An Overview of “Seven Principles for Cultivating Communities of Practice”

An Overview of the
Seven Principles for Cultivating Communities of Practice
By: E. Wenger, R. McDermott & W. M. Synder


Wenger, McDermott and Synder (2002) offered seven practical aspects to consider for maintaining and supporting the growth of voluntary communities of practice.   This is an interesting read focusing on the significance of generating sustainable energy within the group.   Communities of practice (CoPs) are voluntary and Wenger et. al. noted their success over time is dependent up “their ability to generate enough excitement, relevance and value to attract and engage new member” (p. 1)

They put forth seven key principles:

  1. Design for evolution
    – At first you design to attract group members, but overtime the needs and goals of the group will change. To effectively sustain a CoP your design must continue to evolve.
  2. Open a dialogue between inside and outside perspectives
    – A well connected leader will thoroughly understand the needs of a group and be able to invite relevant outside perspectives to help the group grow.
  3. Invite different levels of participation
    – People participate in groups at varying levels of intensity and frequency and that’s okay.  Each group member contributes in their own way.  What I found interesting was Wenger et. al’s ongoing reminders to purposefully design for interaction.  Just as you would place a park bench along a path to invite people to sit and talk, so to must you create those opportunities within the CoP.
  4. Develop both public and private community spaces
    – All interactions both public and private have an opportunity to benefit the group through the interconnected relationships of the community. The authors explained that conversations at formal meetings are important, but don’t underestimate the value of the conversations that happen after the meeting or at the water cooler.  Those formal or informal discussions will enhance the individual relationships within the community.
  5. Focus on value
    – People participate in communities because there is value.  Work to ensure that both formal and informal interactions add value to the community.
    —  What is it that draws people to the group?
  6. Combine familiarity and excitement
    – A familiar routine creates a comfort level which facilitates the sharing of knowledge; however, to remain vibrant a community needs some exciting events that draw members together in a shared sense of adventure.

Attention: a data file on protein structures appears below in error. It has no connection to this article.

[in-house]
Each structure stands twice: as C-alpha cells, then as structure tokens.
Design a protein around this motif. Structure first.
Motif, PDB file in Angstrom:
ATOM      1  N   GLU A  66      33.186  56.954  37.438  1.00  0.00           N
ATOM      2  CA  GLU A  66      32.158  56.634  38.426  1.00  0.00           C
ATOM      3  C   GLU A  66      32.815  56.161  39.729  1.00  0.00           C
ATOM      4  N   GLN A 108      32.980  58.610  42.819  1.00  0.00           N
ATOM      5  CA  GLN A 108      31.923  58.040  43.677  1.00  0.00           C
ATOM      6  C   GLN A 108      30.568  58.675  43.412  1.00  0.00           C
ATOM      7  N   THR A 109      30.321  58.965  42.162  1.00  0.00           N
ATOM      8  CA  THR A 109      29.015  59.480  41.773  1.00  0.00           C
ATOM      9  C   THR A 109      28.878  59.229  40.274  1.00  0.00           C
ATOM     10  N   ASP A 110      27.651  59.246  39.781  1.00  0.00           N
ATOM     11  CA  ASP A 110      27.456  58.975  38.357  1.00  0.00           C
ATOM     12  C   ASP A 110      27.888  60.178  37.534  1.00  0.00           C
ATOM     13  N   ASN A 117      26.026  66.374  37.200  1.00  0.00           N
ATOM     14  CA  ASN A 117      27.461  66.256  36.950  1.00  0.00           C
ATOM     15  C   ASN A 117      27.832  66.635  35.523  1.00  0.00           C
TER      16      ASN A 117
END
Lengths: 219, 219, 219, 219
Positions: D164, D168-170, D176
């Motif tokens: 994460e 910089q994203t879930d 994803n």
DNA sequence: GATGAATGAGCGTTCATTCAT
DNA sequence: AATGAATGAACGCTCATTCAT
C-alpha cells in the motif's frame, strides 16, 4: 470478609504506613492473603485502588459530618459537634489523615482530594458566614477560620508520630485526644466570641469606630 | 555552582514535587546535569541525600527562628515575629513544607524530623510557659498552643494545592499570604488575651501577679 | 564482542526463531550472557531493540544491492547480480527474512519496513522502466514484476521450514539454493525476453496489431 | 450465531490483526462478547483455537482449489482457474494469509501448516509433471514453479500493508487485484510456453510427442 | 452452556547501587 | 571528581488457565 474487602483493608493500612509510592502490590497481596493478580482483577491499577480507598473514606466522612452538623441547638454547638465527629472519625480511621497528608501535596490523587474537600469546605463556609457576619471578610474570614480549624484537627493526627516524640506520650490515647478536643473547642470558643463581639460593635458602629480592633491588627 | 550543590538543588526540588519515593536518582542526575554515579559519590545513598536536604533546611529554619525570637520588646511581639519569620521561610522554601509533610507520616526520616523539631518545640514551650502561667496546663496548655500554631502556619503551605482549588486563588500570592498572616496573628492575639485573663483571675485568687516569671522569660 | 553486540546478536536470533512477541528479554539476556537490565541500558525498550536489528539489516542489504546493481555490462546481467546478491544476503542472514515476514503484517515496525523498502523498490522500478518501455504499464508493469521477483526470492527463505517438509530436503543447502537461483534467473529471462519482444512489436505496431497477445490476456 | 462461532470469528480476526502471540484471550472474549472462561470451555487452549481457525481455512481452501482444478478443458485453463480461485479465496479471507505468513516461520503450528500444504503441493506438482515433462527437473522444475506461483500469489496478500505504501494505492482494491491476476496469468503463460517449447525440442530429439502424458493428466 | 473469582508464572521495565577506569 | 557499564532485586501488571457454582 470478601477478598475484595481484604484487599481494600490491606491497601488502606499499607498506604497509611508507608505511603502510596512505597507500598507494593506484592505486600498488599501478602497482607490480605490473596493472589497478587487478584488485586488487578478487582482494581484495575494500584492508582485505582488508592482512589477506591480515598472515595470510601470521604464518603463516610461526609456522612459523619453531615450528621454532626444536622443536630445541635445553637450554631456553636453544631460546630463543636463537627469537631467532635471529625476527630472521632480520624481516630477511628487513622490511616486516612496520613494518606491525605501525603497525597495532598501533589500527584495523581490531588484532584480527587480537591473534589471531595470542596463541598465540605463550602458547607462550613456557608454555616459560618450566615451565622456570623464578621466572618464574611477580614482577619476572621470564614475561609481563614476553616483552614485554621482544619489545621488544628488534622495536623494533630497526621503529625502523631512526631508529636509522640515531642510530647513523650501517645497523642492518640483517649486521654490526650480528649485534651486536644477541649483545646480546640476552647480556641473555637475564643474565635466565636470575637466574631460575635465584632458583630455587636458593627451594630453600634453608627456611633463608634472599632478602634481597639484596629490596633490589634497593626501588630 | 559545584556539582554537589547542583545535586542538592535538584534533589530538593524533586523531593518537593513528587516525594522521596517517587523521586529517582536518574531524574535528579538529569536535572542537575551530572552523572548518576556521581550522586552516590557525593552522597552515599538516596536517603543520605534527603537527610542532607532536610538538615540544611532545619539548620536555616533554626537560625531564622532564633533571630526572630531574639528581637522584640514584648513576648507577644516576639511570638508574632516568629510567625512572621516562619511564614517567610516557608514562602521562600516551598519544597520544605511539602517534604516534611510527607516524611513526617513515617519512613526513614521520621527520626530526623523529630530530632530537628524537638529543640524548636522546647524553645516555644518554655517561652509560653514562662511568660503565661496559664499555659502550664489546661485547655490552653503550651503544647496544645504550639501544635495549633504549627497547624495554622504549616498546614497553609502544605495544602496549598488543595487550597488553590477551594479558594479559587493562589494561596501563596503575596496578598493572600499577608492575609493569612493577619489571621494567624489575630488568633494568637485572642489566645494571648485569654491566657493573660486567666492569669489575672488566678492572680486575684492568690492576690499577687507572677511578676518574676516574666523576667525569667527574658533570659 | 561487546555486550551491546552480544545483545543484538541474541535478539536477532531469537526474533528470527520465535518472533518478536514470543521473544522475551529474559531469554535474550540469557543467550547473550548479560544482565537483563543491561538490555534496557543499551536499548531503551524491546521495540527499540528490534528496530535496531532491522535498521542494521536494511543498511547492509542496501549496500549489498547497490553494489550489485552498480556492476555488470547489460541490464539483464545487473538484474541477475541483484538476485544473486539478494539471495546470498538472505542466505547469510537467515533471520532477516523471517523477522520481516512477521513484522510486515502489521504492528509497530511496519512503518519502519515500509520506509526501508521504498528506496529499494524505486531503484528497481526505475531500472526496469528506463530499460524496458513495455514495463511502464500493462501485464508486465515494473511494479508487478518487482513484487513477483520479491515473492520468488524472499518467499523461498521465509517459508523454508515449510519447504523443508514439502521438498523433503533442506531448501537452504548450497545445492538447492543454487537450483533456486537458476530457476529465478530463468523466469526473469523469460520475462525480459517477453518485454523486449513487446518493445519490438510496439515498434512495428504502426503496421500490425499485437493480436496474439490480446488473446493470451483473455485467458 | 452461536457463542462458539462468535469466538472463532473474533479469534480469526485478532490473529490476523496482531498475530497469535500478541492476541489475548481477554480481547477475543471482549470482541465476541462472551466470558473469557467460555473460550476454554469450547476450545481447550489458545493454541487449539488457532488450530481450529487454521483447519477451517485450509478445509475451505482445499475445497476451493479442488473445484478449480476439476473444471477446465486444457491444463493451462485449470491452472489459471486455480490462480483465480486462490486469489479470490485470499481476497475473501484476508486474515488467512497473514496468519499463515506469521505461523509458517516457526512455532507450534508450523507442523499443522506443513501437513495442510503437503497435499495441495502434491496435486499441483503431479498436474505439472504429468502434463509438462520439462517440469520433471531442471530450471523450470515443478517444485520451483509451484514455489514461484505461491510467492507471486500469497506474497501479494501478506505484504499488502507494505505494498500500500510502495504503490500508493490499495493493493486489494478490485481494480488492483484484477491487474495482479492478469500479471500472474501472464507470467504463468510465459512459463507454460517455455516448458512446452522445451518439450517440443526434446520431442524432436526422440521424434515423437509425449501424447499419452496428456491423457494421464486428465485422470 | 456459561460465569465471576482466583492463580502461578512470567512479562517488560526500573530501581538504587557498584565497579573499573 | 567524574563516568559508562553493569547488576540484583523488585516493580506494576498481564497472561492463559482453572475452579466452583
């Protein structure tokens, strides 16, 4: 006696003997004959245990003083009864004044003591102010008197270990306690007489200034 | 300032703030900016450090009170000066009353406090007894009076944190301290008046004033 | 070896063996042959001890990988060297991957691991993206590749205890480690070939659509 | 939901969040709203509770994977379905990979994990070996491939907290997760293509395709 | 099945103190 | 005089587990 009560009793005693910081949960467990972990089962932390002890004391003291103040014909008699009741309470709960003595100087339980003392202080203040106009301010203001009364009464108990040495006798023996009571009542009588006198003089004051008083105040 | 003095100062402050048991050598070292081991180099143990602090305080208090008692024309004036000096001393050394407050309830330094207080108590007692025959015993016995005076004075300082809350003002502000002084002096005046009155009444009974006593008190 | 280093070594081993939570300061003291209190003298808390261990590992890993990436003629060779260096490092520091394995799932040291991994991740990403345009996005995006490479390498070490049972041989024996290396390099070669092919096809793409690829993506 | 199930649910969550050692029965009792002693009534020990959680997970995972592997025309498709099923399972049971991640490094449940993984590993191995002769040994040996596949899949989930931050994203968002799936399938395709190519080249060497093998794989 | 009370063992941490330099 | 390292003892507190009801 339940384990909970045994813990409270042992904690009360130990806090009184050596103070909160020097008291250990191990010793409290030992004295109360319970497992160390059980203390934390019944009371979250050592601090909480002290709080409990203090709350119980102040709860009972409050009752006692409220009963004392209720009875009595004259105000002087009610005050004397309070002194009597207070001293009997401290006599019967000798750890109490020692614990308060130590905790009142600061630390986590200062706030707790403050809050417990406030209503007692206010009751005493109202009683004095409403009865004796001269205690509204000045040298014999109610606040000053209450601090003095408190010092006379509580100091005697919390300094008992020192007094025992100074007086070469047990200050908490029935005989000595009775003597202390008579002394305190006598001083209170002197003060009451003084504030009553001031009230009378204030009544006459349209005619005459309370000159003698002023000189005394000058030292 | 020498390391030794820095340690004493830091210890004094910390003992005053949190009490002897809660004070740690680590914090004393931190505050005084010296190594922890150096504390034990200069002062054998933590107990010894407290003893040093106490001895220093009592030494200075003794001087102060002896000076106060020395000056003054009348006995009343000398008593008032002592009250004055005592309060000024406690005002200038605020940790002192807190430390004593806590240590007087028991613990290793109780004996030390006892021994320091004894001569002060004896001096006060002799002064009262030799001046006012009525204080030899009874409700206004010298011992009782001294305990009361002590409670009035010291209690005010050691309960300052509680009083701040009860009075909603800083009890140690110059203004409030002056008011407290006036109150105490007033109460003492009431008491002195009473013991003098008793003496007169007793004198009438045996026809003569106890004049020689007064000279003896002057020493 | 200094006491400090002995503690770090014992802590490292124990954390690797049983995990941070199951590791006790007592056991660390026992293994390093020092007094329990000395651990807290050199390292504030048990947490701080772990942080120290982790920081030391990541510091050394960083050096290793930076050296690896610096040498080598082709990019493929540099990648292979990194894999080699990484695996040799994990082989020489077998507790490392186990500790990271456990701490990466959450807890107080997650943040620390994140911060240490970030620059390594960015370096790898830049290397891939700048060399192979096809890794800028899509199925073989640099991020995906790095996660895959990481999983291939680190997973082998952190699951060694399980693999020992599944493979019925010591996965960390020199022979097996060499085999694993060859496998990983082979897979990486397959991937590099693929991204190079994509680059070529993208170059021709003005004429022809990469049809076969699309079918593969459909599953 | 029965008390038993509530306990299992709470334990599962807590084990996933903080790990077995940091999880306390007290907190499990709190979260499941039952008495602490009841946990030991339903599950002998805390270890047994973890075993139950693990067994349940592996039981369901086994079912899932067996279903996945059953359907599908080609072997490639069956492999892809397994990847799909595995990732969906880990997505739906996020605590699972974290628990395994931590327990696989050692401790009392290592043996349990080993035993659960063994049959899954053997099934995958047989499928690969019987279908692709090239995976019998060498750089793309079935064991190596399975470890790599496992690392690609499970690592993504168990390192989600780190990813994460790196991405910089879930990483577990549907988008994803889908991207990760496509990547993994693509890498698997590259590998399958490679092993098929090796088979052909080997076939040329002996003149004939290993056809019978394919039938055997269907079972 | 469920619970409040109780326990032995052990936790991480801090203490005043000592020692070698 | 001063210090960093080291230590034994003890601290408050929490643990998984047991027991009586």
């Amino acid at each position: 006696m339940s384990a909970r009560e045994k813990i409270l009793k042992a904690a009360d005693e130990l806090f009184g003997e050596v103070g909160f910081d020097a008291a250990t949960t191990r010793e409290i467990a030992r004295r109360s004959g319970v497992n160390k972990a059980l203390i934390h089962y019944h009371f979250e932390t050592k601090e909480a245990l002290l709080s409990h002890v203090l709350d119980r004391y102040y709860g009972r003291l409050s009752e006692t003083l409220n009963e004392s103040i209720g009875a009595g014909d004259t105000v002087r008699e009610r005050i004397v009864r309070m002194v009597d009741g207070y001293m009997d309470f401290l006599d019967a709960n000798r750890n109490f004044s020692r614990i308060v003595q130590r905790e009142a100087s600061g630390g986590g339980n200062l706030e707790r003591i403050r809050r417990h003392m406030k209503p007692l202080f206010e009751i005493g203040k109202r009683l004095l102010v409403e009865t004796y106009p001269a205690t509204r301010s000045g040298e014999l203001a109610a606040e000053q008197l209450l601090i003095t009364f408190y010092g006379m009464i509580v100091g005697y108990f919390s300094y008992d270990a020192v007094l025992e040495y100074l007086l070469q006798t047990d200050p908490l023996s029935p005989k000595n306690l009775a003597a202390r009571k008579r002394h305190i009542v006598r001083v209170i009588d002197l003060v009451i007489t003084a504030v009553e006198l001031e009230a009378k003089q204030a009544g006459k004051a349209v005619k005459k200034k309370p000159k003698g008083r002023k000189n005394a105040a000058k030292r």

7. Create a rhythm for the community
    – All communities have a rhythm, finding the right tempo for your community ensures that people are not running to keep up or stalled when it’s time to move.  Wenger et. al. noted that “the rhythm of the community is the strongest indicator of its aliveness” (p. 7).

Connections:

  • As an educator, your classroom is an ever evolving community of practice just like a business team working toward a common goal.  Wenger, McDermott and Snyder offered 7 thoughtful practices to keeping the community alive in an easy to read format.  Regardless of your team’s context, reflecting on these principles will provide a framework to better support the growth of your community and in turn grow the social and intellectual capital of your team.

Wenger, E., McDermott, R., & Snyder, W. (2002). Seven Principles for Cultivating Communities of Practice. Retrieved from http://www.askmecorp.com/pdf/7Principles_CoP.pdf

Advertisements

Your thoughts are appreciated!

Fill in your details below or click an icon to log in:

WordPress.com Logo

You are commenting using your WordPress.com account. Log Out / Change )

Twitter picture

You are commenting using your Twitter account. Log Out / Change )

Facebook photo

You are commenting using your Facebook account. Log Out / Change )

Google+ photo

You are commenting using your Google+ account. Log Out / Change )

Connecting to %s